The first time I took maternity leave, it was winter. The cold prevented me from taking my newborn out much and I barely saw daylight thanks to the sun going down so early. While I did get visitors and got out of the apartment when I could, those 12 weeks felt eerie. It was probably affecting my psyche, and I found myself imagining strange things my baby could be doing when left alone while I showered. This could have been caused by some undiagnosed postpartum anxiety. Or, my baby was truly living the secret life I envisioned for her. Honestly, I’ll never know. Nine years later and she has remained mum on the subject.
I didn’t often leave either of my kids alone when they were babies. Not only was I bit paranoid about their safety (thanks to my son flipping himself over in his bouncy seat when he was left unattended for 20 seconds), but my time with them was so limited, so why would I choose to be without them when they were growing and changing every day? I am a full-time working mom, and I miss so much already so the choices I make about how to spend time outside working and sleeping are very much dictated by my children. And I’m OK with that, at least for now. (Ask me again when my daughter enters middle school.)
If you’ve ever wondered what your baby is thinking or doing, I’ve come up with absolutely plausible scenarios, though I could understand how they may seem far-fetched to non-parents. My children never cease to amaze me, especially when I’m out of the room.
Tossing Your Keys Into The Diaper Pail
Or the toilet (if you thought it would be harmless to let the tot crawl into the bathroom while you grabbed your phone). Or anywhere gross or inaccessible. It’s why babies are so cute; so we tolerate these sort of antics, which are not acts of rebellion but rather ways they are discovering their world (so I’m told), which is really code for “aggravating their mothers.”
Hiding One Sock From Each Pair
How else do I explain the lost sock phenomenon? To a baby, a sock is a puppet or a teething toy. It is irresistible. So, yeah, I blamed our babies on my widowed sock epidemic.
Draining All The Battery-Operated Toys
I don’t know how it is in your house, but in ours any and all batteries seem to have a shelf life of exactly one day. Literally nothing works in our apartment. Babies born before the industrial age might have lived precariously without vaccines, but they never knew the disappointment that is Elmo’s haunting stillness when you attempt to tickle him, due to dead batteries.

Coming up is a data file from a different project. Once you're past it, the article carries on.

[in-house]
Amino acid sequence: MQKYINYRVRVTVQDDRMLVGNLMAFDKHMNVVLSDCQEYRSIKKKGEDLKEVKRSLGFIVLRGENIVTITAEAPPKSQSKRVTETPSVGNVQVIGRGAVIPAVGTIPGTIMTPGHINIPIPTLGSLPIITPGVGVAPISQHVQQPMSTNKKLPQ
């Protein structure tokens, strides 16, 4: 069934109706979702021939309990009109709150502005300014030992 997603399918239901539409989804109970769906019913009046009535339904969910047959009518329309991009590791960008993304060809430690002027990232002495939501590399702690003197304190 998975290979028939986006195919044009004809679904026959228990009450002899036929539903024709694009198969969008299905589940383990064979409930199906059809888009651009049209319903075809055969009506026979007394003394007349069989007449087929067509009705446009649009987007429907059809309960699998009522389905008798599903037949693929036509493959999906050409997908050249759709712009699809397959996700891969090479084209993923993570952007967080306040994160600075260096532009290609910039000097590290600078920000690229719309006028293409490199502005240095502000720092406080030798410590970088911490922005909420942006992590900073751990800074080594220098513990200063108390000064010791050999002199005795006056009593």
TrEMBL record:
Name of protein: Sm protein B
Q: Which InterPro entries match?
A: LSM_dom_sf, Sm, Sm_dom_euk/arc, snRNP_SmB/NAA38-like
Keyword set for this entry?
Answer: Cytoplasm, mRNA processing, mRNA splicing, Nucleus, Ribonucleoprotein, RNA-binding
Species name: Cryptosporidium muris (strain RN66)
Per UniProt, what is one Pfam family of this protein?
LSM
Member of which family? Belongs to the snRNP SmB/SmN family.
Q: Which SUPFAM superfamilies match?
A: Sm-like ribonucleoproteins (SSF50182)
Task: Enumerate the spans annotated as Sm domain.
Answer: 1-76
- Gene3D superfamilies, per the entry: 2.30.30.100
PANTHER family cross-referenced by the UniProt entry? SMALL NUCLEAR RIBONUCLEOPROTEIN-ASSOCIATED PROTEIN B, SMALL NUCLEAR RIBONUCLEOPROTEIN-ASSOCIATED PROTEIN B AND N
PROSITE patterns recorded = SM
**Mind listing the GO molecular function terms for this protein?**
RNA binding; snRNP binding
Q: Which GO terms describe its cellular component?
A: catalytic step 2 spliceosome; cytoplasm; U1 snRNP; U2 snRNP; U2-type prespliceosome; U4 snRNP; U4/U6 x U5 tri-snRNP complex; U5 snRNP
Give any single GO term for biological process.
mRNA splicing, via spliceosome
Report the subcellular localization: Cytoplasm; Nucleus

My baby, like most, said “Dada” before saying “Mama.” When she would name her father, she’d shoot me a look, almost as if to say, “Yeah, I know it. I’m just not gonna say it.” She’d babble my husband’s name over and over.
So I’m convinced she was practicing “Mama,” but only when I was out of earshot. Just to humble me in those times when I felt so confident as a new mom (which was honestly never).
Kids hate sharing. However, I bet when I wasn’t around my baby was happily parsing out all her favorite playthings to her imaginary pals. True, the stakes are lower in that scenario, but I find it suspicious that babies inherently know that sharing sucks and it’s probably because they’re simulating it by themselves and calculating the risks in a safe, controlled environment.
Vomiting Somewhere You Can’t See
Soon, soon, you will smell it. I can’t count the number of times my nose has been assaulted by some foul odor emanating from some part of a room, but not being able to locate the source of the stench. Babies just know how to effectively vomit to this effect. It is one of their most evil super powers.
Apparently everything was funnier when I wasn’t there. I would hear my daughter emitting peals of laughter when I’d leave her in her Pack-N-Play for a little bit while I did some things in another room. When I’d return and ask “What’s so funny?” she wouldn’t let me in on the joke. Motherhood can be isolating.
Practicing Ninja Moves
I would leave the room for a second with my younger kid, and come back to find him in some far corner of the room, and usually precariously dangling from something I thought was baby-proofed. My son’s stealth and agility were, on one hand, admirable milestones. On the other hand, of course, blatant ploys to make my heart stop beating. Maybe it was second child syndrome, with him eager to discover a sure way to get my attention, but finding him grinning from the top of my desk was an arresting reminder to never leave him alone.
Throwing Everything Out Of The Crib
It’s such a fun game: toss out all toys and scream until mommy comes back to fetch them. I was such a sucker; I fell for this ploy a lot at the start of my daughter’s nap time. She wouldn’t dare throw a toy while I was standing there. She’d smile at me, clutching her little soft doll, and I’d settle her back down, kiss her and back out. Then she’d hurl it against the wall and wail.
Deleting Finale Episodes From The DVR
It is probably my fault because I can never remember the exact sequence of buttons I must press to access my viewing queue (which has grown to about 10,000 hours of unwatched TV shows since becoming a mom), but I blame the baby. Remote controls were some of our kids’ favorite playthings when they were little, so I think I have a strong argument with this one.